The Eleventh HOPE (2016): "Bring the Noise: Ten Years of Obfuscation as Counter-Surveillance" (Download)
Saturday, July 23, 2016: 4:00 pm (Friedman): It has been a decade now since the release of TrackMeNot, the first privacy tool to leverage obfuscation for counter-surveillance. In the interim, obfuscation has been actively developed, with new tools exploring its use for email (ScareMail), location-tracking (CacheCloak), advertising (AdNauseam), DNA analysis (Invisible), and beyond. This talk reviews the development of the strategy and considers some of the questions it raises for the tool-making community. Daniel will debut AdNauseam 2.0, the first cross-platform production release of AdNauseam, which aims at nothing less than ending advertising-based surveillance as we know it. Obfuscation can be defined as the strategy of using noise to hide one’s true interests and/or confuse an adversary. As obfuscation is relatively flexible in its use, it holds unique promise as a strategy for DIY privacy and security. TrackMeNot was the first privacy tool to leverage obfuscation online, protecting web searchers from search engine profiling by hiding their queries in a cloud of generated noise. AdNauseam directs similar techniques at the advertising networks that track users across the web, polluting user profiles and subverting the economic system that drives this pervasive form of surveillance.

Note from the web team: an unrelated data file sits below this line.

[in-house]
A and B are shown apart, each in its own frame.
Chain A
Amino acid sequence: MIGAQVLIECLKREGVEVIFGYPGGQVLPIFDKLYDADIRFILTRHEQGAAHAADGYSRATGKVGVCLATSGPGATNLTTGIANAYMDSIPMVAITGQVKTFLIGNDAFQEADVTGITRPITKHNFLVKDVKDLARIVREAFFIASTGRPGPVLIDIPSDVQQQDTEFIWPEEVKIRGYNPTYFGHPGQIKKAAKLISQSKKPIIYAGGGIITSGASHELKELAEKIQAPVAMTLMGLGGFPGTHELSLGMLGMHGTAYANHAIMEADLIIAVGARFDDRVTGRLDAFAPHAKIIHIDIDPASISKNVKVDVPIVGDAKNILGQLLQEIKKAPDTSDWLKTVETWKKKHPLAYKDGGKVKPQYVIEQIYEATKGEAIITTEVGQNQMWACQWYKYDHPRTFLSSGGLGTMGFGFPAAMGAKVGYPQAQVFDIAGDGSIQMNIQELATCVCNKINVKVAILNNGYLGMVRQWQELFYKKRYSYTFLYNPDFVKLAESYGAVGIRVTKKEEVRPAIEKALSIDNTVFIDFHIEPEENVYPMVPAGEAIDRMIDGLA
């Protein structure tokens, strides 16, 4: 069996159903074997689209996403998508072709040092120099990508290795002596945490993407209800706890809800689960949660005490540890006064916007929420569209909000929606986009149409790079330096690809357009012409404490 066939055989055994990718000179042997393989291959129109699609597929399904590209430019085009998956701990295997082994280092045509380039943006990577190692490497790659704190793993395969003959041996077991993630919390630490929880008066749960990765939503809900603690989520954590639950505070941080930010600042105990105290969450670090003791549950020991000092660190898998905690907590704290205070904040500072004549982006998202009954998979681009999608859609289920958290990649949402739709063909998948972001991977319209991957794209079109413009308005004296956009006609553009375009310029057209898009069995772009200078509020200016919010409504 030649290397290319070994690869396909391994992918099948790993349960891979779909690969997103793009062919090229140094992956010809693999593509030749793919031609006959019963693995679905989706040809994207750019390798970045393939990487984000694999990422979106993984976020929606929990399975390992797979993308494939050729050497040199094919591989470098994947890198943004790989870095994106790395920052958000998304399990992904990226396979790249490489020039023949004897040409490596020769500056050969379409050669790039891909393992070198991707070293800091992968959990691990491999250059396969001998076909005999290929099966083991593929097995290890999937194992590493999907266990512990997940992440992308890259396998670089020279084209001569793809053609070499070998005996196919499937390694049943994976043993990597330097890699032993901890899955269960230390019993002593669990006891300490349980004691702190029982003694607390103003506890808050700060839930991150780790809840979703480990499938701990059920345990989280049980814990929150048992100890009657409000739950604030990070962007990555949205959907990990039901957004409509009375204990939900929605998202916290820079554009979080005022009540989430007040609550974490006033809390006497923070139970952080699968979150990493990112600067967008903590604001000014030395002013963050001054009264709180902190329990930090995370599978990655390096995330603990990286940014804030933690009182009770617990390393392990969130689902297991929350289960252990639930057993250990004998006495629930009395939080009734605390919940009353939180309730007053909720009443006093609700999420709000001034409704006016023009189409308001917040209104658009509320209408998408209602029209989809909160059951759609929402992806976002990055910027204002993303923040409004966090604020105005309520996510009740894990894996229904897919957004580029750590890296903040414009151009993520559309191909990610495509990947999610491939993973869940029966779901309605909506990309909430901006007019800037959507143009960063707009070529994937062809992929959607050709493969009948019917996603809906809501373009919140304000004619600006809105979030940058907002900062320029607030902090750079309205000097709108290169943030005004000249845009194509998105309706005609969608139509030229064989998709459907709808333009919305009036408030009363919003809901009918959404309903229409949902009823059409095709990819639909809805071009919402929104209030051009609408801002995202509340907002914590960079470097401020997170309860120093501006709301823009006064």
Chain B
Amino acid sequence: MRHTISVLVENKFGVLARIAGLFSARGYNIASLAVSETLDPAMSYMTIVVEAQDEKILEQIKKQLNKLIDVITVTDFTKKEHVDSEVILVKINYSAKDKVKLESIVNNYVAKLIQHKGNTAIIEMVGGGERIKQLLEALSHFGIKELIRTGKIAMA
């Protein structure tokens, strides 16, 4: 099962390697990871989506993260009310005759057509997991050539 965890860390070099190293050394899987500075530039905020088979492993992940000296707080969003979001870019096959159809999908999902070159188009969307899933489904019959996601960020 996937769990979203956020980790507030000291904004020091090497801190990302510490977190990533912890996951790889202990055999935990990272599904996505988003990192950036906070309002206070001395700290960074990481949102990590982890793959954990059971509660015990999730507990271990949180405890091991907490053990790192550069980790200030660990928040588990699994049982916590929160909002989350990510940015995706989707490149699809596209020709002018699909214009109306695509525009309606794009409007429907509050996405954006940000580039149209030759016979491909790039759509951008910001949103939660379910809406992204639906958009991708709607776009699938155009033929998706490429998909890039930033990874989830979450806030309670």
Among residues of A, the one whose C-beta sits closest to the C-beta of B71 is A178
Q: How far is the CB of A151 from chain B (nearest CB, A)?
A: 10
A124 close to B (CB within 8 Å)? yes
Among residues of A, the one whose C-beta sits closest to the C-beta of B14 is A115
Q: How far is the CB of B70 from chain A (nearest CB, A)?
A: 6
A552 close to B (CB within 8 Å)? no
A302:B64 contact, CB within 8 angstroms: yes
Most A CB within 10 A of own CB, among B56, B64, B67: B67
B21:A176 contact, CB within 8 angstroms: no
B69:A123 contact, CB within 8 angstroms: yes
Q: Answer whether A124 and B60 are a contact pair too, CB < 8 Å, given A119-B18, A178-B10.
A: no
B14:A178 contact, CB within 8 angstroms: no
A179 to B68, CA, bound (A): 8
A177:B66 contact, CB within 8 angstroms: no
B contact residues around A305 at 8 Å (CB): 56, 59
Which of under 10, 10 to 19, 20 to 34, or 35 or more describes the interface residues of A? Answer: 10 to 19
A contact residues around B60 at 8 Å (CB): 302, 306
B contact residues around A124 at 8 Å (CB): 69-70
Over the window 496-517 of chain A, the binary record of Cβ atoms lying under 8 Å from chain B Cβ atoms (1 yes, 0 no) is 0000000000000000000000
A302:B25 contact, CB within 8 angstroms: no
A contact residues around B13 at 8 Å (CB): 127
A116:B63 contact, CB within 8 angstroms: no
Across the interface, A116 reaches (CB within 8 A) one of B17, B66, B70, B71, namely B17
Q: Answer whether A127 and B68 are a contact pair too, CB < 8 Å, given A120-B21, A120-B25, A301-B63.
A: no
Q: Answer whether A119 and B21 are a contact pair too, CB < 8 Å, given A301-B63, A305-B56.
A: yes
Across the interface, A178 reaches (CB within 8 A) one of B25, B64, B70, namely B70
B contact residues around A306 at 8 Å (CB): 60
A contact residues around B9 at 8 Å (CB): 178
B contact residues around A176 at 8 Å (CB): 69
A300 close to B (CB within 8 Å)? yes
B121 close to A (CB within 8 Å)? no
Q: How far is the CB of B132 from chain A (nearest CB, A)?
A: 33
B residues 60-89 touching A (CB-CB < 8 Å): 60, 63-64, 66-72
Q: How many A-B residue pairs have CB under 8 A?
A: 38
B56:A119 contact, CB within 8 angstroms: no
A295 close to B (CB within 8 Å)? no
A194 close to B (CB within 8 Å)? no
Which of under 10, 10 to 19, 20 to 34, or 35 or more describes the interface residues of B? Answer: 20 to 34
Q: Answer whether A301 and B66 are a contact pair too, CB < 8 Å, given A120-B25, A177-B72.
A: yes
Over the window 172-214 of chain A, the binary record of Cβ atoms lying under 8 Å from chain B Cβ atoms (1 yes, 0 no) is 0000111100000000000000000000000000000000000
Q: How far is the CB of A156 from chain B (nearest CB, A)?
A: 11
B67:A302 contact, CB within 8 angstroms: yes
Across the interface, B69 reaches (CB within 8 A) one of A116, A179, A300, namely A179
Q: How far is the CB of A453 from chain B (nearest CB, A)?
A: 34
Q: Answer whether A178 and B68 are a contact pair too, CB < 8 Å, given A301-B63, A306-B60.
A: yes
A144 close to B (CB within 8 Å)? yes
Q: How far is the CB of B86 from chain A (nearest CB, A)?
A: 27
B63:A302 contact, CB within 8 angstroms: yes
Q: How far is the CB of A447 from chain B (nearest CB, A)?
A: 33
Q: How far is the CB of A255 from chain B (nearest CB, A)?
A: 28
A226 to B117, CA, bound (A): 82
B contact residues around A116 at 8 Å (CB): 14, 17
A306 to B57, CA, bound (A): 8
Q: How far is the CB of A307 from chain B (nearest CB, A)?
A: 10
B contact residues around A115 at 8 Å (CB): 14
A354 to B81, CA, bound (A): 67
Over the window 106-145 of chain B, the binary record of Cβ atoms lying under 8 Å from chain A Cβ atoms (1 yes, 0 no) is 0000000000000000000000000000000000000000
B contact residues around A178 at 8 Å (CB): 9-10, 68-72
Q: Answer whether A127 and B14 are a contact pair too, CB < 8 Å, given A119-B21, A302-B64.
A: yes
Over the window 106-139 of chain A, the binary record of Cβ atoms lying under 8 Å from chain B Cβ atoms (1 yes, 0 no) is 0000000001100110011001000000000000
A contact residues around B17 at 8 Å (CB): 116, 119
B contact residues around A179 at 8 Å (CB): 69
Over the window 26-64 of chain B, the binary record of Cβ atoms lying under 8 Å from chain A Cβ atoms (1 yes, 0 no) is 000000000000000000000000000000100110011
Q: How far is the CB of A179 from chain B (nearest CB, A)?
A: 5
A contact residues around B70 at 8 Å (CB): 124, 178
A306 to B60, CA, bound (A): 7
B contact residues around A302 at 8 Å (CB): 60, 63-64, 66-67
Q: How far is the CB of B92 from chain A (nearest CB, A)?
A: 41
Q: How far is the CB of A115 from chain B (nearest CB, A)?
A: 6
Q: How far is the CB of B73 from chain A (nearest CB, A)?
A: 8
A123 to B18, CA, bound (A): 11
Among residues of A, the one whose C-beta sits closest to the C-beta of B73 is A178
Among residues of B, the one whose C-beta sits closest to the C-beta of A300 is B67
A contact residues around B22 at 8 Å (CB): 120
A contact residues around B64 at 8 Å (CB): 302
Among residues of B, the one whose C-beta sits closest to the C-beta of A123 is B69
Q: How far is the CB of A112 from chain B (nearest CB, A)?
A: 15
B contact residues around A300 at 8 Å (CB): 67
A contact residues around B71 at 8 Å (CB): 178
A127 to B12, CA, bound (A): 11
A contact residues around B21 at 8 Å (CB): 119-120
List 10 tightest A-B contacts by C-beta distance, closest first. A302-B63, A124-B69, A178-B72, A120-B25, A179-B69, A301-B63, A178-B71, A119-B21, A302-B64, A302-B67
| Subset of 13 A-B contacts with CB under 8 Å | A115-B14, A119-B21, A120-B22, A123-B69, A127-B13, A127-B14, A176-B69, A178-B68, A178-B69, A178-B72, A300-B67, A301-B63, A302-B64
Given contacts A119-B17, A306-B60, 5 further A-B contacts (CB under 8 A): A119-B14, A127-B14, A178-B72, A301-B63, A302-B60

Daniel C. Howe